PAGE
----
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FAQ: STEM Action Center Proposal

davidwicaiBlog, Legislature

The Utah Legislature is poised to do a bit of rearranging for state agencies, including a move for the STEM Action Center to the Department of Heritage & Arts.

The move is proposed in Senate Bill 172, which passed the Senate on Wednesday after some significant revisions. When initially proposed earlier in the session, the bill moved the STEM Center from the Governor’s Office of Economic Development to the Board of Education, but it was only revised earlier this week.

The Governor’s office spoke in favor of this bill during a Tuesday committee hearing, and it seems to have broad support in both the House and Senate. While it’s never wise to consider something a done deal, this bill seems to have a lot of momentum

A lot of specific details remain unclear and many practical questions will likely be worked out after the legislative session. But some questions can be addressed now. More information will provided as it becomes available

Why Heritage & Arts instead of the Board of Education?

STEM Action Center, while a program that works in schools, was envisioned as an “innovative” outsider that could disrupt education. That was how Stan Lockhart, who helped found the STEM Center, described it during the Senate committee hearing for the bill. He urged them to keep the center separate from the Board of Education to provide that needed independence

Why do legislators want to move it out of GOED?

The sponsor, Sen. Ann Millner, R-Ogden, has repeatedly said her bill seeks to improve economic development in rural areas. The programs selected to move out of GOED will help accomplish that goal through better coordination with other programs, although exactly how that will happen is still opaque. In large part, it will be up to all of us to continue to collaborate with each other while also including the STEM Center in our rural-focused efforts.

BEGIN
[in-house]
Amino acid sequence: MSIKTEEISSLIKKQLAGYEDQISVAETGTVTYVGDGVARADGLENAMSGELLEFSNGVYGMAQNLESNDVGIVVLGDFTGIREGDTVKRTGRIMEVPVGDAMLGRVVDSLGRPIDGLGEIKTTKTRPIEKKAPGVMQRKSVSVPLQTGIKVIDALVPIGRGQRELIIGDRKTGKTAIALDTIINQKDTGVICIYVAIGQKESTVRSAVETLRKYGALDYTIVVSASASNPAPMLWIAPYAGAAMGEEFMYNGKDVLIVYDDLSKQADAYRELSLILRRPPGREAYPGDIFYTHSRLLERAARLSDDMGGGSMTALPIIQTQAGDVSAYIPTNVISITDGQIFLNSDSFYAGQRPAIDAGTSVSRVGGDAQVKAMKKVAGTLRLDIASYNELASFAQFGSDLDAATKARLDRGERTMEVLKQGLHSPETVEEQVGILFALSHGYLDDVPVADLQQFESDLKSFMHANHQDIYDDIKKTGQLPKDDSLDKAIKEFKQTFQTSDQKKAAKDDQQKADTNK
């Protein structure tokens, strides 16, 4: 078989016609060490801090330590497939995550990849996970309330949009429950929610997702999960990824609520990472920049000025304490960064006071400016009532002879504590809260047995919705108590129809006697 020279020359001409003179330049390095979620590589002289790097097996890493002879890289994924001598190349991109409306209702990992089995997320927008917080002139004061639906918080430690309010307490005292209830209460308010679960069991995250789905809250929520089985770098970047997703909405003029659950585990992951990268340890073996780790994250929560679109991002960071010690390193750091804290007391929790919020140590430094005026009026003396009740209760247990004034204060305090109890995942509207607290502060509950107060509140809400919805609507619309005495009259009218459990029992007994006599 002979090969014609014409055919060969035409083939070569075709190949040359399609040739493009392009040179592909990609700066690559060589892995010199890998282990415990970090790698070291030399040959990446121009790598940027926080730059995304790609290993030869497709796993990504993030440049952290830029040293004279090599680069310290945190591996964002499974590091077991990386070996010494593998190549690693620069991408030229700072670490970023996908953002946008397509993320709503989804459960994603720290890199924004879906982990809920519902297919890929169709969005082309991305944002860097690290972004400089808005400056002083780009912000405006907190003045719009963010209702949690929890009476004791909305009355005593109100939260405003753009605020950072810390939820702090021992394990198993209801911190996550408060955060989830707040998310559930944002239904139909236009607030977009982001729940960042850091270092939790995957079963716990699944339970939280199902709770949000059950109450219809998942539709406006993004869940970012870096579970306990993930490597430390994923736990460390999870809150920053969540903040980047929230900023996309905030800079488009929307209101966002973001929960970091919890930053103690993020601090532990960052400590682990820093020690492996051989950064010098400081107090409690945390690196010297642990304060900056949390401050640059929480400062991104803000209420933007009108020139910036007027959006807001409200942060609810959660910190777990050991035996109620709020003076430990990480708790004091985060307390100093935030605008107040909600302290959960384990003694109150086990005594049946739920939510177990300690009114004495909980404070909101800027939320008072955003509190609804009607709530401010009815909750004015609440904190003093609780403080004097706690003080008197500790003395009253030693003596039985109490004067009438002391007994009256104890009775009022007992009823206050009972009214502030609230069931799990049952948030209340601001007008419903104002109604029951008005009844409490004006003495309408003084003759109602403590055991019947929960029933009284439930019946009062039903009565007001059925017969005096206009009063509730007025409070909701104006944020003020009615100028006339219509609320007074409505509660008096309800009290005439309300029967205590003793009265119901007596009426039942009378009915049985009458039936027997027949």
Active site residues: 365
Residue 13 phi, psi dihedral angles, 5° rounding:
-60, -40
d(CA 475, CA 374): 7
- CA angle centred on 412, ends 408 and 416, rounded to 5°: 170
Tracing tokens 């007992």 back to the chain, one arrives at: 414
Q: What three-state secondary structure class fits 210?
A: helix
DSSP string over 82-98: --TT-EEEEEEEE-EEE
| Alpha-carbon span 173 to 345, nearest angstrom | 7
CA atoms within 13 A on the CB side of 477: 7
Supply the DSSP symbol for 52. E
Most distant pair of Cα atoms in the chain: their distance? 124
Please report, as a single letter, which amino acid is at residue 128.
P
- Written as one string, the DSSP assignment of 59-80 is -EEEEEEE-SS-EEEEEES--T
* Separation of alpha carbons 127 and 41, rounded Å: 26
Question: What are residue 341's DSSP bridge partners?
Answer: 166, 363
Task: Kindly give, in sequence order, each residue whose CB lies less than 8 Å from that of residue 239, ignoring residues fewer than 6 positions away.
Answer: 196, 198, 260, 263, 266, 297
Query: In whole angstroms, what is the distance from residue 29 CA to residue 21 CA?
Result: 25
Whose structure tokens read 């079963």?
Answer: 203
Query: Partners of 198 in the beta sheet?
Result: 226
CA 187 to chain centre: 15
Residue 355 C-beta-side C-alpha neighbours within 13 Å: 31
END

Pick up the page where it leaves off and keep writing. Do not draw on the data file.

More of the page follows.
How many employees does the STEM Center have and what is their overall budget? Will any of that change with the shift?

The STEM Center has 13 employees, and their budget is approximately $11 million. Much of that budget is dedicated to grants, primarily for educators and education technology. Senate Bill 172 does not make any changes to the current appropriations.

Will the STEM Action Center be the seventh division within our department?

Yes.

Where will STEM Center be housed?

That is one of the biggest practical questions that remains unanswered in the long-term. Currently, they are located in the downtown tower that houses most of GOED, and they have two years worth of lease payments in that location already appropriated. As a department, space is already tight. They will stay put in their office space for now.

What happens next, and when will we know if this is really happening?

The bill has passed the Senate and will now be considered by the House. At this point, it will likely go straight to the House floor for debate next week. If passed, it would then go to the Governor for his signature. The session ends next Thursday (March 14) at midnight, so we will know within a week. If it does pass and get signed, the move would likely happen officially July 1 when most bills with a fiscal note become effective

Is this a good thing?

As a department, we are focusing on building rural communities through cultural grants and programs. Right now, that means libraries, historic preservation, volunteer services, arts, museums, youth leadership, diversity programs, and so forth. While we work in schools through programs such as Poetry Out Loud and Utah History Day, the department does not have an area where directly impact daily classroom work, so STEM Center complements our existing offerings. There are many possibilities for collaborations with STEM.